Why would John include this in his gospel?

Joh 20:30, 31  And many other signs truly did Jesus in the presence of his disciples, which are not written in this book:  But these are written, that ye might believe that Jesus is the Christ, the Son of God; and that believing ye might have life through his name. (KJV)

When John started to write his gospel, he had a specific audience and purpose in mind. These two influenced how he wrote his gospel, and what he decided to include. No writer is able to give a clear moment-by-moment eyewitness account of life. This would be impossible to achieve for two reasons. First, it would take up too much space. Secondly, it would be beyond boring. Really, it would.

Therefore, not one of the writers of the gospels ever tell us that Jesus bathed, brushed his teeth, combed his hair or ate dinner. That does not mean he did not do these things, it only means that usually they were not important to the purpose of writing or to the intended audience. On several occasions we do read that Jesus ate, but we only read about those when they contained a teaching (the Last Supper); showed an important part of Jesus’ character (his fish BBQ on the beach to reconnect with the disciples and put them at ease before his ascension); or were evidence of his divinity (the multiplication of food miracles).

John intended his gospel to become an evangelical book. He wanted people who read this to become believers. He also wanted those who were already believers, to have life. This is the purpose of his writing.

But whom was he addressing?

Firstly, he was speaking to his own people, the Jewish community. In this group, there were in fact more than one cluster. There were the people who rejected Jesus as the Messiah. There was the group who did believe and were now persecuted merciless by both the Romans rulers, and the Jewish religious leaders. There was also a third group known as the Jewish secret believers. These believers did not come forward to proclaim themselves as Christians, but continued to live within the Jewish tradition and religion.

They feared the persecution that was rife in the street of Jerusalem at the time. But they also feared life outside the Temple. The Temple played a significant part in Jewish culture. This is where Jewish parents brought their children on the eighth day after birth to be named, and registered as true Jews. True Jews were the only ones allowed inside the Temple. Being a true blooded Jew had all kinds of privileges, which were only available at the Temple.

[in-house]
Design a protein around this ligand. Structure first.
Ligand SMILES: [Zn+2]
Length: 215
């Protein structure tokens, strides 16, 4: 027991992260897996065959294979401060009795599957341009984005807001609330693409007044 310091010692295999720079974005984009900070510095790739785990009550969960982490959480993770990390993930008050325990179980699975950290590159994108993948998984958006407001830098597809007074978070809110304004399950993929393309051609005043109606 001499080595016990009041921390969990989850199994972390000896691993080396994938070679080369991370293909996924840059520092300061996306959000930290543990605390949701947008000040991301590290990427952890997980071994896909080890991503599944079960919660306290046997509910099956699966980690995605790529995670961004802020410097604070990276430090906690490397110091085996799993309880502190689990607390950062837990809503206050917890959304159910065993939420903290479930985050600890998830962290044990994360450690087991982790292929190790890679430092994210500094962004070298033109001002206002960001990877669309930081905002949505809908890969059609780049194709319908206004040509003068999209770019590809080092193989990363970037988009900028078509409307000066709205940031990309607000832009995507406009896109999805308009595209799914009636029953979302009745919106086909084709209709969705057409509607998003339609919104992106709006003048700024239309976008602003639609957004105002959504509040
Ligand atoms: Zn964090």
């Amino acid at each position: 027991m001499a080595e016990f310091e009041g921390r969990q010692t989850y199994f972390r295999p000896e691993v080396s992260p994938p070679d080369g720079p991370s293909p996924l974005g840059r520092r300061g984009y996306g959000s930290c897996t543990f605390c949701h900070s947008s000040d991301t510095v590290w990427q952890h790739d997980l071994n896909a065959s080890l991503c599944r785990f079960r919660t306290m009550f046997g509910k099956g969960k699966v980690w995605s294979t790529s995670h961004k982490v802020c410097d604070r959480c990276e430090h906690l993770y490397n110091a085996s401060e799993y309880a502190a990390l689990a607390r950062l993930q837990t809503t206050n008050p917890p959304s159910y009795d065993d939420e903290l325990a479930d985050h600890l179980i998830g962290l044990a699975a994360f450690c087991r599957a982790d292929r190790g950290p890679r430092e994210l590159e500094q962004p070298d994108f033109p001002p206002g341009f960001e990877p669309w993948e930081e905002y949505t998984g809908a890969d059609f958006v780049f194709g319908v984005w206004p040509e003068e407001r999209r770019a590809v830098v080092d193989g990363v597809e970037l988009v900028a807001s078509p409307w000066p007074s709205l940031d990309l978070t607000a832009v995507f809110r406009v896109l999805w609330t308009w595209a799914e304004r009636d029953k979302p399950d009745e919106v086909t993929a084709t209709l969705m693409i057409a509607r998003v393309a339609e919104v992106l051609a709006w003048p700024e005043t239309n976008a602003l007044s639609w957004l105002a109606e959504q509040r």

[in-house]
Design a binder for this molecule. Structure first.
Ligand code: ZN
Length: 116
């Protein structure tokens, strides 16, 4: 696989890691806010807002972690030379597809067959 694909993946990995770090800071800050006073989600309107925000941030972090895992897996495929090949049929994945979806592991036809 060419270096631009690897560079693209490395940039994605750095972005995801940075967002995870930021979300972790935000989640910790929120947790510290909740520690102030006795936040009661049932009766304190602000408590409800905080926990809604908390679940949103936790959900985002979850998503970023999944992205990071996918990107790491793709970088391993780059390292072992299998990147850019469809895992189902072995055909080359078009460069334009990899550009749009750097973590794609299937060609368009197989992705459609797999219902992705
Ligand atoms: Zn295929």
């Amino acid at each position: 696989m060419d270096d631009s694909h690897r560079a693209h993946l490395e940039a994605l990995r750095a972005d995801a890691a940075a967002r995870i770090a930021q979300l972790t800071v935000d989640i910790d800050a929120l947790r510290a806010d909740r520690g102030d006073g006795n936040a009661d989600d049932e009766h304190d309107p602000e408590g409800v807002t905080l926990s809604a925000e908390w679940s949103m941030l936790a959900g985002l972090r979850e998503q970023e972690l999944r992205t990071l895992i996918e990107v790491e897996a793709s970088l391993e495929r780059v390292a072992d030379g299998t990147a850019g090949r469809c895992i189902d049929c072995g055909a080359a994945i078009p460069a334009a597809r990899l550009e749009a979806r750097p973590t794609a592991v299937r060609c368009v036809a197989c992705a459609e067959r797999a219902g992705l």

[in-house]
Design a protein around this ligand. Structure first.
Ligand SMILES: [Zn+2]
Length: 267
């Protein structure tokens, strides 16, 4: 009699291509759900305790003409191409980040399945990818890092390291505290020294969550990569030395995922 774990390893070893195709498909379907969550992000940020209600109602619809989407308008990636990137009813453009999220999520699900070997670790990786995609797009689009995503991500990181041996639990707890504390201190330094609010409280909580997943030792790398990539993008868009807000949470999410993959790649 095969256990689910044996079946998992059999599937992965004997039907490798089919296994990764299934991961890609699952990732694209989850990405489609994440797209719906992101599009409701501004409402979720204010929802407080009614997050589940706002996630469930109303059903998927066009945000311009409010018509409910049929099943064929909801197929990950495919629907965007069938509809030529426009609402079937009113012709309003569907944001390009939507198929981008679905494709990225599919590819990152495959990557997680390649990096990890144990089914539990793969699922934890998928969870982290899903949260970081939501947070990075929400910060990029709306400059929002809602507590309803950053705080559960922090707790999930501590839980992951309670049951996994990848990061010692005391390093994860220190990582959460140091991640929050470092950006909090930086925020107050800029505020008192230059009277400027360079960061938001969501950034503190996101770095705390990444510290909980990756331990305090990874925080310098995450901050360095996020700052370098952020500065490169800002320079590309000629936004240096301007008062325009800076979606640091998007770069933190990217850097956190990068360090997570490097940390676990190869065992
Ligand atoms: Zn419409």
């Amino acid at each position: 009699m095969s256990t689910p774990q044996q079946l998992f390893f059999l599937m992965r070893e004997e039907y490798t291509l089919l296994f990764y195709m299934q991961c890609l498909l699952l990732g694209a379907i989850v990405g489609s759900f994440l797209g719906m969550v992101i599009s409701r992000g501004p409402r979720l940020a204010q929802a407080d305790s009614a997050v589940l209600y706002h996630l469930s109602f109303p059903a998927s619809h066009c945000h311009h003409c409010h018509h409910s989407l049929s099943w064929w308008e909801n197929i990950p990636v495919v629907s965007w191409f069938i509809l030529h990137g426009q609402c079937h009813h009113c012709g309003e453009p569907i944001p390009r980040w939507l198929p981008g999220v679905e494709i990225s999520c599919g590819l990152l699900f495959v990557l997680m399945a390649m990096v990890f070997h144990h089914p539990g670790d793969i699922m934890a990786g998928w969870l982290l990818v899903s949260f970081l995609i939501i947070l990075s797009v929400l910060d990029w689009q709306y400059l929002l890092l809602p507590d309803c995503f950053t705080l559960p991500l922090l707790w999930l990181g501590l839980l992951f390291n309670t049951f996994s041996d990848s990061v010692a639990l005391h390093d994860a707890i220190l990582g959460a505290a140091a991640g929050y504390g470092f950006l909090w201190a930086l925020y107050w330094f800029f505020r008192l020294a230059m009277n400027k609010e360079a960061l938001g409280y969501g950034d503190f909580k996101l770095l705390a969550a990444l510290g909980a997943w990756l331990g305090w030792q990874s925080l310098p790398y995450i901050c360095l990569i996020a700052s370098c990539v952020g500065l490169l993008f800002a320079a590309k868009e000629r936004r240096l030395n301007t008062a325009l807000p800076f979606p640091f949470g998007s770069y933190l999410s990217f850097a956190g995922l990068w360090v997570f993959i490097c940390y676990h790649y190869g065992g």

• Education from childhood to adult
  • A Network of business partners that can be trusted not to stab you in the back
  • A network of people that can offer you and your children apprenticeship and employment
  • Unconditional acceptance and inclusion in any Jewish community in the world, which makes travel and relocating to a new city easy
  • Religious cleansing, renewals and celebrations through festivals and feasts
  • Access to the ministry of the Priests, which included healing the sick, judging between two parties, sealing of contracts and agreements, officiating engagements and marriages, casting out demons, burials, guidance on marriage, child rearing, business, farming, weather, money, travel, and so much more than what I can mention here today.

In short, to walk away from your Jewish traditions and believes would affect every aspect of your daily life. Who would be willing to marry a person outside the Temple? Where will your children study? Where will they find work? Who would want to do business with a person who had no access to a priest that can seal a contract, or intervene when something goes wrong? Who wants to be the neighbour of a family that do not live under the authority of the priest who is also the judge of the town? What if their tree is hanging into your property or their cow eats your crops? How will a farmer know when to sow and harvest? Who can he call in to look at his sick livestock? Or, for that matter, his sick wife or child?

To walk away from the Jewish faith was not just about losing your faith in a religion, it was saying goodbye to job security, income, health care, representation in a dispute, guidance and advice. It would be the end of your life, as you know it. But more importantly, your children would not have access to these either. Neither will their children. And since you are living in an occupied territory, you really need all the help you can get. The Romans hated the Jews and their religious leaders, but they had agreed to leave each other in peace. Christians had no peace at all from either the Romans or the Jews.

The second group John was writing to was unbelievers that were not Jews. Jerusalem was a cosmopolitan city, with people from all over the world there to live, work or do business. Some only came for a vacation, I’m sure. John also included these as recipients in his gospel.


Things to ponder or discuss:

  1. Are you a secret believer? Many people hide their Christianity because they fear that people won’t like them. Or that their Christianity might hinder their changes of promotion. Or that family and friends might become uncomfortable in their presence.
  2. How should you deal with a person that is having trouble stepping out publicly about their Christianity? How can you help them overcome obstacles in their way? How can you show them that Christianity is also a community of supporters?
  3. How can you share John’s message with one unbeliever today?



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